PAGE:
You may have seen Stephen Fry’s rant last week. Here’s a (partial) transcript of what he said in an interview with Irish broadcaster RTE:
Asked what he’d say to God, if he met him:
I’ll say ‘bone cancer in children – what’s that about? How dare you. How dare you create a world in which there is such misery that is not our fault. It’s not right, it’s utterly, utterly evil. Why should I respect a capricious, mean minded, stupid God who creates a world which is so full of injustice and pain. To see the whole video (2 mins 24 secs), click here.
The issue of human suffering is without doubt the most powerful and certainly the most common argument against the existence of God. I have ruminated on this question so much, I ended up writing a novel about it. More on that another time.
A couple of observations concerning Mr. Fry. As with so many, the emotional response comes first and initially, there simply is nothing that can be offered, let alone heard, in reply. Did he sound in a mood for dialogue? I think not.
There is no question that immense suffering plunges us towards mystery. Make that Mystery with a capital M. In particular, the suffering of children is very very hard to accept. When little ones suffer, we are fully justified, I think, in shaking our fists at the heavens. Such a response seems very natural and I would expect nothing less from a parent whose child lies in a hospital bed.
Stephen Fry, however, offers little in terms of argument; in short, he simply states, ‘if God exists, I don’t like him and I think he’s immoral.’ That’s not really an argument; it’s an emotional outburst. Many think that you can dismiss God’s existence with a short-form argument that goes like this:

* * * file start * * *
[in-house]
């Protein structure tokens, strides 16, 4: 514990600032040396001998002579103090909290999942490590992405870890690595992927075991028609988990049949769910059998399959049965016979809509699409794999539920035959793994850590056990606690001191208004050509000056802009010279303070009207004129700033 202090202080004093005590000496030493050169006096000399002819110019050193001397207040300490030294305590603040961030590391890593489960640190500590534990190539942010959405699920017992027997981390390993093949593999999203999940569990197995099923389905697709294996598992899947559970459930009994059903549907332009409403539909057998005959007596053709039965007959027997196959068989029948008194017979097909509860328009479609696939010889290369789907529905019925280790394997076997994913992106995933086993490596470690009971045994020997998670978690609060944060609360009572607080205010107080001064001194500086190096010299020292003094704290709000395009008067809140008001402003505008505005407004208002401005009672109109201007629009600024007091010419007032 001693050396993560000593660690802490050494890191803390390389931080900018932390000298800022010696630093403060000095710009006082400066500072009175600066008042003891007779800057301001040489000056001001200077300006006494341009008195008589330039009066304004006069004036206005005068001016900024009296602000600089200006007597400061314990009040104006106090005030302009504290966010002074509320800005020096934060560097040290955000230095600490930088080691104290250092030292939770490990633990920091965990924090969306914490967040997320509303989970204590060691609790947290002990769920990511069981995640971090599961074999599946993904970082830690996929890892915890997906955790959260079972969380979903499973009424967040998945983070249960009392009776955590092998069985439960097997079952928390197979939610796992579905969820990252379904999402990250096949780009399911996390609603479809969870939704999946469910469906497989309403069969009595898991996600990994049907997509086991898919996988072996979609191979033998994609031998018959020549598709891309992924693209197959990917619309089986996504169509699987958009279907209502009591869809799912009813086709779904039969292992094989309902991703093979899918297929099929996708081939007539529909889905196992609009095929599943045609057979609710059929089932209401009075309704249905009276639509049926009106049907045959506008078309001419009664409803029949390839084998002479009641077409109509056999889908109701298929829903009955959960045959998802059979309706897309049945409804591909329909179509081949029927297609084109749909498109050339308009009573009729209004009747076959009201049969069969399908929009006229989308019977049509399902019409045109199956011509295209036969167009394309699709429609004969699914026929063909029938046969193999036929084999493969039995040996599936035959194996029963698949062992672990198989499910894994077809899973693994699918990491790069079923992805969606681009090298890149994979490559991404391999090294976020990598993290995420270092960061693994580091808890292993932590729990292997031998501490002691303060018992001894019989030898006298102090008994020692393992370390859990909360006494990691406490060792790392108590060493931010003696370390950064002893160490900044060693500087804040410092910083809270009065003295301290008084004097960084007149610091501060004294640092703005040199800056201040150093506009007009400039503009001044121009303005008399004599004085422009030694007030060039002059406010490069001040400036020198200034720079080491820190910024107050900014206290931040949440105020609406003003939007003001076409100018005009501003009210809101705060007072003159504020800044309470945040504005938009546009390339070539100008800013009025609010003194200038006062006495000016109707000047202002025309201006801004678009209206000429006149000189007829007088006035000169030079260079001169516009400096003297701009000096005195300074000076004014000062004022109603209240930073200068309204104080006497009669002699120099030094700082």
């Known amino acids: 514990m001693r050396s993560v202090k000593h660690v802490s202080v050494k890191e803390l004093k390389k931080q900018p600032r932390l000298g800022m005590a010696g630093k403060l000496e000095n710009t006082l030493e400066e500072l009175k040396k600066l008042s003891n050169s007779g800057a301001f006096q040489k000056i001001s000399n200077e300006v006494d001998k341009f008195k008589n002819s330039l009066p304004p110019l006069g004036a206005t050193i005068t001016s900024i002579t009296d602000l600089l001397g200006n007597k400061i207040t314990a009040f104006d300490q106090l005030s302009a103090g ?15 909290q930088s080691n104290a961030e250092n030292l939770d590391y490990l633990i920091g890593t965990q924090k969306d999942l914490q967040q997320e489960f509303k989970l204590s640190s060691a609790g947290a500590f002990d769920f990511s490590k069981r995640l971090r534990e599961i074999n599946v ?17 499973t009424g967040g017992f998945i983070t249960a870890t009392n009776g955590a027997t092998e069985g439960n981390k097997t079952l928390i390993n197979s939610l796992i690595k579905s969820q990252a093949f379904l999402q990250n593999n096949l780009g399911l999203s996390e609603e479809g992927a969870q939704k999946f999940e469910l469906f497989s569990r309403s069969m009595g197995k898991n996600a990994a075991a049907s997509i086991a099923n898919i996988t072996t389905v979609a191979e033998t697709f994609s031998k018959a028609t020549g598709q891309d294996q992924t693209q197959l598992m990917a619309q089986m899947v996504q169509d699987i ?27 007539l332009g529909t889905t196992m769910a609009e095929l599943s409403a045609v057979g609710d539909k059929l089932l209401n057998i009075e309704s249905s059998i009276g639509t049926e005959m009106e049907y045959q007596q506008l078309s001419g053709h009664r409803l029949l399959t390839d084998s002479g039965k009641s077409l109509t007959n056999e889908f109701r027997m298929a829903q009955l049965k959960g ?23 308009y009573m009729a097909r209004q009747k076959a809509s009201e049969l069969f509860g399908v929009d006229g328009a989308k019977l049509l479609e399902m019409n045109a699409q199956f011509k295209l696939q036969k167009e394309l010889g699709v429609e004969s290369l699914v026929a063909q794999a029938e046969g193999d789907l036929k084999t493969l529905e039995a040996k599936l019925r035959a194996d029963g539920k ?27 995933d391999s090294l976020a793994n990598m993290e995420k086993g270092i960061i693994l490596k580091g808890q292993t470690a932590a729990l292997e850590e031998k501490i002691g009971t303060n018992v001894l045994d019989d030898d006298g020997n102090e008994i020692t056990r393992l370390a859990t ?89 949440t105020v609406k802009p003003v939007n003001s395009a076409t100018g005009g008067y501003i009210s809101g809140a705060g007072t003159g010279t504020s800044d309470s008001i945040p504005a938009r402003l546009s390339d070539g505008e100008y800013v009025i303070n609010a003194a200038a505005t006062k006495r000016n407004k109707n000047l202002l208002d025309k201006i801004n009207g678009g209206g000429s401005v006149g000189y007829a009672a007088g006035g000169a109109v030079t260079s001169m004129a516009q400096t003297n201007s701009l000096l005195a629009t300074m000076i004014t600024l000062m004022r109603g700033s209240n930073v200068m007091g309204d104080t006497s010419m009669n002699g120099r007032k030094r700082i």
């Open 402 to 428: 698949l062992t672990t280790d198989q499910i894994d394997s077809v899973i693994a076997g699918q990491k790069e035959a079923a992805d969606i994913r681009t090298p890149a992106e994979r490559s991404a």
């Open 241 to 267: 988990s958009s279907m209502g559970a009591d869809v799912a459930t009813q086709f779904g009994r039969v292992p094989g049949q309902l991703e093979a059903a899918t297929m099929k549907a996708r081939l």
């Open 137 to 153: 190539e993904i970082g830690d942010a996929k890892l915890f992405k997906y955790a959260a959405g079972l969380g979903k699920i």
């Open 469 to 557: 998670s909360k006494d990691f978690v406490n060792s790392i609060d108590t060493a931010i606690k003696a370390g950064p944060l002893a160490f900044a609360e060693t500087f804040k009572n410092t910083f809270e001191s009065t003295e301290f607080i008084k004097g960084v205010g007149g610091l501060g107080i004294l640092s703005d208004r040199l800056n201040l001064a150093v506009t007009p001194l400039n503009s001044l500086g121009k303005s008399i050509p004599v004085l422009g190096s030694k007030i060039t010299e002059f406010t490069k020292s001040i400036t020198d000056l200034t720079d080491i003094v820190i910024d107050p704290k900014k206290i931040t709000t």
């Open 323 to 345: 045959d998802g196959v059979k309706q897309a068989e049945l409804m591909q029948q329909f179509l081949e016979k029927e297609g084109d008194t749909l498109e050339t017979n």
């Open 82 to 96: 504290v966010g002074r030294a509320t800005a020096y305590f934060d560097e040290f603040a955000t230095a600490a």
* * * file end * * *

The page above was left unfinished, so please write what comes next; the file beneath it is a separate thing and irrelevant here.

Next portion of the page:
Those two are incompatible and therefore one must not exist. Since suffering exists, God must not.
Elegant in its simplicity perhaps, but false.
Why? Because the argument requires another premise to make its case. Most people assume this premise without stating it. So, the argument is actually this one:
There are no reasons why God would permit human suffering
Therefore God doesn’t exist
It’s the third premise which is the one which theologians focus on and debate. And there are all sorts of justifications (theodicies) which can be offered. But not today.
Today, I’d like to draw attention to something a little different. You may have noticed from Stephen’s comments, that he is drawing on ideas almost without knowing that he’s doing it. What do I mean? Well, he assumes there is something called ‘morality.’ He also believes in value and good and evil.